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The Bumbling 1960s Data Scientists Who Anticipated Facebook and Google

And what a shop it was. Despite Lepore’s repeated references to the Simulmatics team as “the best and the brightest,” the group that Greenfield assembled was, well, not that. There was Bill McPhee, a manic-depressive mathematician who wrote some of Simulmatics’ early data analysis programs from a locked ward on Bellevue and had a habit of abusing and humiliating his wife in front of their 6-year-old daughter; Eugene Burdick, a political scientist / literary celebrity / Ballantine Ale pitchman whose writing, according to Lepore, was less subtle than a sledgehammer; and Ithiel de Sola Pool, “a numbers guy who taught at M.I.T. and walked the halls of the Pentagon” but who seemed to lack the basic competency and knowledge expected of a scientist. (Later in his career, Pool’s writings helped ensure the internet would be free of government regulation. In an interview with Lepore, Daniel Ellsberg, the Pentagon Papers leaker and a onetime friend of Pool’s, called him “the most corrupt social scientist I had ever met, without question.”)

In its decade of existence, Simulmatics helped this newspaper report early results of the 1962 midterm elections, developed strategies for “selling shampoo and dog food,” predicted where and when urban rioting would occur, analyzed communications in communist countries and helped direct the United States’ disastrously murderous counterinsurgency efforts in Vietnam. Or, rather, it tried to do those things; Lepore undermines her attempt to elide over the differences between Simulmatics’ ambitions and its accomplishments by quoting or summarizing post-mortems from the company’s clients: Its election-night collaboration with The Times was “a completely disorganized shambles”; its work in Vietnam was “dubious and its methods questionable”; the studies it put together for a national commission on civil disorders suffered from “poor design, lack of expertise and misrepresentation” and were “reprehensibly sloppy.” The coup de grâce comes courtesy of the Department of Defense’s Advanced Research Projects Agency during a period in which the department was responsible for 70 percent of Simulmatics’ annual revenue: “Simulmatics reflects discredit not only upon itself as an organization — it appears more a sham — but upon behavioral research in general.”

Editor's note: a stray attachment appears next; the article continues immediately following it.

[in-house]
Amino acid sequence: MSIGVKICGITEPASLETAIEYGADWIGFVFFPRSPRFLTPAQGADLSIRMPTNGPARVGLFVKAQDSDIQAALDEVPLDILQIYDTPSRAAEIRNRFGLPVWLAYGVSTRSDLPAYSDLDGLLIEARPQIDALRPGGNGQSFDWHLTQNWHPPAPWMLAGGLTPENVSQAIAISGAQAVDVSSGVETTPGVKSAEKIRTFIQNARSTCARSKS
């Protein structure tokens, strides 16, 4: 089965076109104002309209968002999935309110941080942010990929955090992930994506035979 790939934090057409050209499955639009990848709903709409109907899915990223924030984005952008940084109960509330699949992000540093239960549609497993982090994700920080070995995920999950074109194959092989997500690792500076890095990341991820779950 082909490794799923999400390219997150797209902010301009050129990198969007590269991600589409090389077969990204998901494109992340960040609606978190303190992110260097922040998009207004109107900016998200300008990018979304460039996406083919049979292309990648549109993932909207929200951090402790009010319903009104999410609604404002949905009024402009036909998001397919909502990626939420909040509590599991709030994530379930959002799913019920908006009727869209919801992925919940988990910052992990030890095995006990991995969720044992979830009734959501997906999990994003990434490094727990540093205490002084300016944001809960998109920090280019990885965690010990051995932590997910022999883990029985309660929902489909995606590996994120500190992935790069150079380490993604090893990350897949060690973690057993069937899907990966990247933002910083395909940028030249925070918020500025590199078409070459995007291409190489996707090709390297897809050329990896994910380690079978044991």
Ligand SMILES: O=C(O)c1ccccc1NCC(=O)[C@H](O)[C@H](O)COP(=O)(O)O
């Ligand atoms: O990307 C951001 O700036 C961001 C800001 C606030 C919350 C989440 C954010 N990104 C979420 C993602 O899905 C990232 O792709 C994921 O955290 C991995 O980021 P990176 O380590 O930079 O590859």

Over the last decade, Lepore, a Harvard history professor and New Yorker staff writer, has repeatedly shown herself to be an uncommonly astute and insightful interpreter of American history, and one of her many strengths is the moral clarity that infuses her writing. Lately, however, it feels almost as if she’s trying to stanch the flow of hatred, misinformation, racism and venality that threatens to overwhelm the country by the sheer volume of her work: “If Then” is her third book in three years, and that includes 2018’s “These Truths,” a monumental history of the United States. So far in 2020, she’s also released a 10-part podcast “about the history of truth” and published 12 articles in The New Yorker. (I’m overwhelmed thinking about consuming that much information, never mind producing it.)

This prolificness likely explains why her latest effort feels as if it was rushed out the door before it was ready. When she’s at her best, Lepore’s writing has a nimble fluency that can be exhilarating. Here, however, events are described out of order, crucial context is missing and stylistic tics become intrusive: McPhee “drank and he drank and he drank and he smoked and he smoked and he smoked”; his long-suffering wife was forever “demurring, demurring, demurring, demurring.” By the time Lepore describes Ed Greenfield’s hunger for McPhee’s “voting prediction machine” — he “wanted it, wanted it, wanted it” — I couldn’t resist penciling in the margin, “I get it, I get it, I get it.”

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